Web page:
A different project for we Cornish marine filming specialists. Just back from an amazing filming trip to Palau.

Marine filming experts Cornwall

Rock Islands, Palau

While most divers go there for the great corals and fish life – plus the sharks – we went on a very different mission. Because our aim was to film the remains of the Second World War – both underwater and above. Although many people overlook them, there is a true fleet of sunken and virtually intact ships – and plane wrecks too.

Cornish marine filming

Plane wreck under the ocean

The new documentary

We had planned the expedition carefully. As this was a shoot for our next television documentary. We had our own dedicated dive boat, driver, and two very experienced underwater guides with an intimate knowledge of the wrecks.

Penetrating the wreck

Penetrating the wreck

Palau was a crucial pivot in the Pacific War. Because not only was it a vital naval base. But it also had an airfield on Peleliu controlling vast tracts of the region. Whoever controlled the airfield had control of thousands of square miles of ocean.

WW2 tank Peleliu

WW2 tank Peleliu


Peleliu was one of the bloodiest and costliest battles of WW” in the pacific. Although a tiny island just 5 miles square, it took almost 3 months for the US Marines to take. The Japanese fought to the last man – virtually the entire Japanese garrison of 11,000 was wiped out.

Today the remains of that battle litter the island – from tanks and field guns to a huge Japanese tunnel system.

Cornish marine filming specialists

Wartime tunnel system Peleliu

Ghost Fleet

Underwater the shipwrecks are fascinating. A huge ghost fleet of intact ships. We dived deep into many of these, exploring engine rooms, cargo holds and bridges. Sometimes we found it scary – so deep inside these undersea graves that daylight never penetrated.

Marine filming Cornwall

Deep into the wreck…

We have already produced one film on the remains of war in the Pacific. We have made many successful sales of our film from Truk Lagoon to television stations around the world. So we are hoping to cash in on that success with this follow-up.

Just another day’s work for the leading Cornish marine filming specialists.

Barrel Jellyfish off St. Michael's Mount

Barrel Jellyfish off St. Michael’s Mount

Barrel Jellyfish

Every year they appear off our Cornish coast in swarms. As big as a dustbin lid these aliens have been drifting through our oceans for over 500 million years. Jellyfish – the very name strikes terror – and these are giants!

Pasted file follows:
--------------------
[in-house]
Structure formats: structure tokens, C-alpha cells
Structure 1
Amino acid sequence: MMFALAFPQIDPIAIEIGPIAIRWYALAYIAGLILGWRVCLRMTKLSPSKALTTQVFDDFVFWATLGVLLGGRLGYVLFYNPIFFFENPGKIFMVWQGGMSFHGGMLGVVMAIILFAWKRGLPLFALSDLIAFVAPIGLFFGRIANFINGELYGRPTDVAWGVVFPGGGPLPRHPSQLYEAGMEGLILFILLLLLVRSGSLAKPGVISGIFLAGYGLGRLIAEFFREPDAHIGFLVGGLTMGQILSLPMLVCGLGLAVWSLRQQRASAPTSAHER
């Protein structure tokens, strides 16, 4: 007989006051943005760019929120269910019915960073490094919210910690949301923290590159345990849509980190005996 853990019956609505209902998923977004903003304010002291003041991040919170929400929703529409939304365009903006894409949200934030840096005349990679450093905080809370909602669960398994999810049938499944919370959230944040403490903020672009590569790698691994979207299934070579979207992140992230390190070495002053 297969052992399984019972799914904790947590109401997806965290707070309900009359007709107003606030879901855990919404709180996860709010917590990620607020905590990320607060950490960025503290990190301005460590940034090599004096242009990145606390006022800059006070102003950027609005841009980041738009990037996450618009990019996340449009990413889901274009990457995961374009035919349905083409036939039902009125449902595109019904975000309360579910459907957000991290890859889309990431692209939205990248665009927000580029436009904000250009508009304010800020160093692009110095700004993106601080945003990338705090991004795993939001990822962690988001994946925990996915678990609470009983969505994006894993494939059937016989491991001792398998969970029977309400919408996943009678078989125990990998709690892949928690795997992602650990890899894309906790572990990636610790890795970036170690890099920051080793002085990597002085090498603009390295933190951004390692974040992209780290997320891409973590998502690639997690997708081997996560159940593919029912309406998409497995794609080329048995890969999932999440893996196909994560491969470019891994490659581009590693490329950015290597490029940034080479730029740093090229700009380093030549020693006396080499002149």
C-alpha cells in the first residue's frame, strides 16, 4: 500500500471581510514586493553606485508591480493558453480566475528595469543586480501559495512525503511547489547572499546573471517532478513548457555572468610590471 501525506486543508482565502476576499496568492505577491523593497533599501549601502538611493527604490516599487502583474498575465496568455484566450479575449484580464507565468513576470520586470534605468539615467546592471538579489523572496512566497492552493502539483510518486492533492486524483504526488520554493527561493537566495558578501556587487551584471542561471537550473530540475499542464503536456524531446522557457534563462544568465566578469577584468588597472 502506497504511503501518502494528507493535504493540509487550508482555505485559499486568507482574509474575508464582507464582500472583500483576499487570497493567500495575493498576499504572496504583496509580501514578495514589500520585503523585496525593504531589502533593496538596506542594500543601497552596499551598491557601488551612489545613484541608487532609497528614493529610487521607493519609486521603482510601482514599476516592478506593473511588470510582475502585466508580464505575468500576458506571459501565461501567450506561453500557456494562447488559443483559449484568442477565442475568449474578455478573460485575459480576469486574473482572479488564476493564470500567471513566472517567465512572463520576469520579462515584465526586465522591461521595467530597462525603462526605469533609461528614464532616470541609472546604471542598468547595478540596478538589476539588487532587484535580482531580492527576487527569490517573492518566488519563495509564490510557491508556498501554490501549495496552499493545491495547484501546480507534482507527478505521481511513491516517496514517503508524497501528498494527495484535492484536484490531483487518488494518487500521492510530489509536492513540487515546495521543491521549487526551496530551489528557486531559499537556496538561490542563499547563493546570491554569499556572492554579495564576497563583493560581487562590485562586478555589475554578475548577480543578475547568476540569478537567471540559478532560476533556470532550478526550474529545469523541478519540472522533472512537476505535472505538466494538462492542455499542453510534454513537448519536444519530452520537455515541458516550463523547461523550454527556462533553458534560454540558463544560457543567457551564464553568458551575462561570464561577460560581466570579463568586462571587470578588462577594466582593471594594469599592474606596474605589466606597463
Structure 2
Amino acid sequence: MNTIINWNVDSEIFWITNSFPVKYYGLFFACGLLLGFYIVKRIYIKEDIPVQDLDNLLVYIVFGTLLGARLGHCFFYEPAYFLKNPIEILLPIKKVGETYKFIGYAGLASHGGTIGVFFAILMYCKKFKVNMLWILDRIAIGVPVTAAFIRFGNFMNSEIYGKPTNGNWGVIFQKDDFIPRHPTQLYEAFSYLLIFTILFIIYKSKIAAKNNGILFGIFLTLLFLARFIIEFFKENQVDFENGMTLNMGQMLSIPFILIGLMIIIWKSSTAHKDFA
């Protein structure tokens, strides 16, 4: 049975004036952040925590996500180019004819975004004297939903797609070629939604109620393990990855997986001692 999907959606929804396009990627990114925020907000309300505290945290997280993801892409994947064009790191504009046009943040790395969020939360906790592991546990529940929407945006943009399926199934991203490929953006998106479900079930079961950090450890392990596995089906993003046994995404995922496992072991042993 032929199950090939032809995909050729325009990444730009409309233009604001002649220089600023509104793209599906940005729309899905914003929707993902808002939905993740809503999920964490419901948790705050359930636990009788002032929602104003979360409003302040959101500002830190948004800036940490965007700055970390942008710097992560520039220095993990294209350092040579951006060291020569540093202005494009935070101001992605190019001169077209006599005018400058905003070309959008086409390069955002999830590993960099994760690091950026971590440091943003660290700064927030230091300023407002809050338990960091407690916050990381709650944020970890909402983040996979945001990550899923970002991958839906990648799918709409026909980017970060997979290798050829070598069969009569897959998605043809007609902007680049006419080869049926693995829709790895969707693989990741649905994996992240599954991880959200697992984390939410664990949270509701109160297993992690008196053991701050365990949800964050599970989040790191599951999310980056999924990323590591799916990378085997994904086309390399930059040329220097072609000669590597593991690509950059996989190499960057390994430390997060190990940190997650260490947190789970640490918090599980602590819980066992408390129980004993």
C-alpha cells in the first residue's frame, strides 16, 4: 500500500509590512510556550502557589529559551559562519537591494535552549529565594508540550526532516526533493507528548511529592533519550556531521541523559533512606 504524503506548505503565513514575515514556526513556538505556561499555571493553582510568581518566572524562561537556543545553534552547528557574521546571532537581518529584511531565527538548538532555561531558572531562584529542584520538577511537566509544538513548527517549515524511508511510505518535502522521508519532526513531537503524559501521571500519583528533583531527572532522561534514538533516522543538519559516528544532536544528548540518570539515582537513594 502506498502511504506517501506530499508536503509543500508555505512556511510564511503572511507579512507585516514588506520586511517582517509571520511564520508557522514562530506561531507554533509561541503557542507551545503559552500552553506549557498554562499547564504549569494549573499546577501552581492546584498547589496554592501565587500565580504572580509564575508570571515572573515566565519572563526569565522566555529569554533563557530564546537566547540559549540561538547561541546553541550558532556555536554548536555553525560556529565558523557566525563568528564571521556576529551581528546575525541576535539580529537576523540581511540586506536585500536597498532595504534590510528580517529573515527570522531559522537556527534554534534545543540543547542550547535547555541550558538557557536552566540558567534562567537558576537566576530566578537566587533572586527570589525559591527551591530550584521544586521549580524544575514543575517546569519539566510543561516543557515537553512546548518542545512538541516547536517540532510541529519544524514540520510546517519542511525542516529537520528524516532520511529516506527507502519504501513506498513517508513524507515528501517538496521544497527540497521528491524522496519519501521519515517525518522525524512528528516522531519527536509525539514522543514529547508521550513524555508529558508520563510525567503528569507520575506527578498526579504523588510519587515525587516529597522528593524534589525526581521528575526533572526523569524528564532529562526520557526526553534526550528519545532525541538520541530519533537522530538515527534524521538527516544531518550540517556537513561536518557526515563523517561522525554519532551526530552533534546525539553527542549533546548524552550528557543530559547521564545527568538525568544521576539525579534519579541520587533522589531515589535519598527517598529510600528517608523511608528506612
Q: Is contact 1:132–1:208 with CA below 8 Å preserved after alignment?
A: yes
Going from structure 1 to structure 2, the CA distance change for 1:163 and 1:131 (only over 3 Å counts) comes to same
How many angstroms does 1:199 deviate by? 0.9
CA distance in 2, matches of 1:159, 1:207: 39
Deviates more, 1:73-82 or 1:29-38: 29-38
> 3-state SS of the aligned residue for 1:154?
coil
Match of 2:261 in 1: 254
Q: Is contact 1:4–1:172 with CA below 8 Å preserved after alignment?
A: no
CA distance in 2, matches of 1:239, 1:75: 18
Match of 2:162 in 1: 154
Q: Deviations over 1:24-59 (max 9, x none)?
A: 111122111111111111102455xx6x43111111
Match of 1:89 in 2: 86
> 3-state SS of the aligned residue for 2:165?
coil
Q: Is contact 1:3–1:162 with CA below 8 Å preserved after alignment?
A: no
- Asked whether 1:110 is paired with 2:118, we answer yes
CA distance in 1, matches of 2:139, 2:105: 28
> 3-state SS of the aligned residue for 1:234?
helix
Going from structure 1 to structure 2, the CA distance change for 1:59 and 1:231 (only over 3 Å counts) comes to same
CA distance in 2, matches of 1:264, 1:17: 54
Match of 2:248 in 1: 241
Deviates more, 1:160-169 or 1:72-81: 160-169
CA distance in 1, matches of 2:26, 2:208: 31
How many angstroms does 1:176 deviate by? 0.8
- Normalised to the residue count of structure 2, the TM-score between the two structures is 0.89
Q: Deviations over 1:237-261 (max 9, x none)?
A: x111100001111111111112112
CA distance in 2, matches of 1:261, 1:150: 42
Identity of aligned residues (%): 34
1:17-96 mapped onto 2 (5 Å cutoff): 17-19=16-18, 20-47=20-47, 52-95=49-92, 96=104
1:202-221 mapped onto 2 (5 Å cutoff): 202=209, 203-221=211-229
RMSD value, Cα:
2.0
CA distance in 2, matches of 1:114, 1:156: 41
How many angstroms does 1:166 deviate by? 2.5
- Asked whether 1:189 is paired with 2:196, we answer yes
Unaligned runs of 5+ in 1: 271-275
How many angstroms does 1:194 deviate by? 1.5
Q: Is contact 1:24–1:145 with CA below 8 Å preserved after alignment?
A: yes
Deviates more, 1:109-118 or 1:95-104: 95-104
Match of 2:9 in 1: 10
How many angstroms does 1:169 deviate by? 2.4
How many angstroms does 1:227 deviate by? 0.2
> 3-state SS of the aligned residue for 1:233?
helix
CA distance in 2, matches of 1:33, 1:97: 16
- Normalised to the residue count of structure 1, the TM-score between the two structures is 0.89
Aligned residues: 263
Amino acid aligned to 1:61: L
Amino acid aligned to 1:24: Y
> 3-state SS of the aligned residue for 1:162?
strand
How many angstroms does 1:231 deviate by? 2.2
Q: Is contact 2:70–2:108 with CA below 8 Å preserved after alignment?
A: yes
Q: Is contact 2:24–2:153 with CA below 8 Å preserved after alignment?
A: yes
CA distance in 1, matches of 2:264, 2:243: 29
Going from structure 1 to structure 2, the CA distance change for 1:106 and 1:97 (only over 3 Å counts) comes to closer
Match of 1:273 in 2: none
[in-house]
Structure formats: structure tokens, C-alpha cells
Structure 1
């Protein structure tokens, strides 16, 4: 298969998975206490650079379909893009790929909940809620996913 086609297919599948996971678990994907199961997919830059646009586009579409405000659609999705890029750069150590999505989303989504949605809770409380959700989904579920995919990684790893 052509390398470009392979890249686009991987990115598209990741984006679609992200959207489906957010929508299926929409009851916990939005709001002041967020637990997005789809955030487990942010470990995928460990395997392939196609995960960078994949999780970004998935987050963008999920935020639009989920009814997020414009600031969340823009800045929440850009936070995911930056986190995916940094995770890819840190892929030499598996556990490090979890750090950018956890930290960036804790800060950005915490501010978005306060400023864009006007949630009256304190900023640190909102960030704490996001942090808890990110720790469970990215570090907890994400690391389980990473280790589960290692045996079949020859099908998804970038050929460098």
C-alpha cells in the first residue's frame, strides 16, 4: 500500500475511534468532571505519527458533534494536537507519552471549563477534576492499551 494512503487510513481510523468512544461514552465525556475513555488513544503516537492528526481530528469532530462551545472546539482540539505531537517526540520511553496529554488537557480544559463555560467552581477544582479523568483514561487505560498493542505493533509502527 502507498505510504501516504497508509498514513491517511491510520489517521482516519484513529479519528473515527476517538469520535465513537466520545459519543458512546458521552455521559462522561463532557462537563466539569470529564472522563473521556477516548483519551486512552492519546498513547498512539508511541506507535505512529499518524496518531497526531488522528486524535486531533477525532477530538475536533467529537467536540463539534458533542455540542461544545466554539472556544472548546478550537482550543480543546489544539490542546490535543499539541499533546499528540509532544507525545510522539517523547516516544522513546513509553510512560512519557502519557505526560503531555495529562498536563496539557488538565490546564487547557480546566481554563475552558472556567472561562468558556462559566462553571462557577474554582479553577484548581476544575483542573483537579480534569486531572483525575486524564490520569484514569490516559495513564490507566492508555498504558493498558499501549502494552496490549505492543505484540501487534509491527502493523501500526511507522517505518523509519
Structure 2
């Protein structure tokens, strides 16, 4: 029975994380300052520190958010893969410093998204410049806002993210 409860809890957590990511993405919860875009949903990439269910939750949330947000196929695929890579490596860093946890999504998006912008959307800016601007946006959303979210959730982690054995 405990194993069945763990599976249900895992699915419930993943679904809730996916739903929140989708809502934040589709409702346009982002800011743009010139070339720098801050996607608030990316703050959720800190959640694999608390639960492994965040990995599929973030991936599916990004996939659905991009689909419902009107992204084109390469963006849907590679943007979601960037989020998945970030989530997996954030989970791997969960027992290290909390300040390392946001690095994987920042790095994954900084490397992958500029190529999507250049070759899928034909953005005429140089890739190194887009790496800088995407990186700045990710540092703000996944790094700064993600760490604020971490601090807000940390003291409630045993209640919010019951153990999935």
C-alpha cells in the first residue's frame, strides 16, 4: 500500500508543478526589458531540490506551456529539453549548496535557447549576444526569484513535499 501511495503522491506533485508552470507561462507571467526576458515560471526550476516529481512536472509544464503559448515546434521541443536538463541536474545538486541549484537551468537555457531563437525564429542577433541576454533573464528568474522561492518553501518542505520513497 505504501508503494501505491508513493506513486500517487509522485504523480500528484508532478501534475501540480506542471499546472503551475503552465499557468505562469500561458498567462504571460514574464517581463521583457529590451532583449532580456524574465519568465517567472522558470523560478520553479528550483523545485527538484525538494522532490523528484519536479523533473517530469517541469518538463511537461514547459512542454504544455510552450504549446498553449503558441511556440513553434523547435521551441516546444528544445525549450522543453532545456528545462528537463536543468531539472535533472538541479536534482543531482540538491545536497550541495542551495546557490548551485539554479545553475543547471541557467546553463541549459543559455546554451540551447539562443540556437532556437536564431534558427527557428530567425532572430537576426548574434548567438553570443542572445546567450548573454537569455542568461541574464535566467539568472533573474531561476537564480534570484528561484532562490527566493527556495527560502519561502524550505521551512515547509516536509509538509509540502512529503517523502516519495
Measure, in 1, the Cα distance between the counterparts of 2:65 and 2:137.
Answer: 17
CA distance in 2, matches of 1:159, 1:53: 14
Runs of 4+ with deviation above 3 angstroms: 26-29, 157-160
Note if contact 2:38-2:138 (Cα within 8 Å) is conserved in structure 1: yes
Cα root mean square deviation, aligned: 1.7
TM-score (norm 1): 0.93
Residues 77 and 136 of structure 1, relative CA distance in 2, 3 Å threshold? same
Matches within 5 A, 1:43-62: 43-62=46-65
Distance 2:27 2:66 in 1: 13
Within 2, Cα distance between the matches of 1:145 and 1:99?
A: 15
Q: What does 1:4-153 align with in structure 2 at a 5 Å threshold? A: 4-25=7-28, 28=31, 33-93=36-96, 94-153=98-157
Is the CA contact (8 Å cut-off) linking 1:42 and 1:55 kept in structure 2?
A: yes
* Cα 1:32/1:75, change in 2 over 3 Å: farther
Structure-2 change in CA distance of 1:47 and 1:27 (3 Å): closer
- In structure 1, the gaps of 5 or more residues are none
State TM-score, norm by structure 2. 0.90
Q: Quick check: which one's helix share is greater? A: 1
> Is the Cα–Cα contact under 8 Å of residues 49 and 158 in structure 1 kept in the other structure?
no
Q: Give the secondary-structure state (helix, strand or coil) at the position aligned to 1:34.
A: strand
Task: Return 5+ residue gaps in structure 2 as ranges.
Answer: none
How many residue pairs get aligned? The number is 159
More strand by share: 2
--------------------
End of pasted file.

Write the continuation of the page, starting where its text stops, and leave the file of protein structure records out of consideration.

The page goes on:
Yet jellyfish are some of the most ancient and simple animals on the planet. Because they have no brain, heart or blood.  Their soft bodies are over 90% water, and they move in a mesmerising pulsing motion operated by a simple net of nerves.  Though infamous for their stinging tentacles, most species are harmless to humans.

Sea Monsters or Gentle Giants?

Several jellyfish visit UK waters. The Barrel jellyfish is our largest, with a diameter of up to 90cm and weights of up to 35 kilos. And in summer and autumn they swarm off the coast, sometimes washing up in large numbers.

These giant jellyfish swarms cause quite a stir. However they are gentle giants. Barrel jellyfish feed entirely on tiny plankton, so their sting is too weak to hurt humans. In fact so harmless is their sting that many have small fish living in their barrels, darting out to catch prey and then shooting back to the safety of their ever drifting home.

An ocean oddity

The Barrel jellyfish has a strange appearance, even compared to its relatives. It has no trailing tentacles around the bell, but has eight, thick arms underneath. Its arms end in paddles covered in frilly, cauliflower-like tissue where they meet the body. If you look close up, these frills are small, dense tentacles around hundreds of little mouths used to catch and eat their prey.

Close up of barrel jellyfish

Close up of barrel jellyfish

The swarms explained

Barrel jellyfish swarm in warmer summers when there are large plankton blooms offering a plentiful food supply. Usually they drift in the open ocean, but blooms in warm, shallow water bring the jellyfish towards the coast.  In winter they will return to deeper waters.

Part of the ecosystem

Barrel jellyfish are important for supporting other species. An amphipod crustacean Hyperia galba lives in the body cavities of Barrel jellyfish, feeding on the eggs and food scraps. Jellyfish are also prey for the Leatherback turtle (Dermochelys coriacea), which migrates to cooler northern waters to feed on the summer swarms. We did spot a leatherback turtle last year but he was too far away and by the time we got close enough to film he slipped below the surface. Maybe luckier this year…

Barrel Jellyfish Cornwall

Barrel Jellyfish Cornwall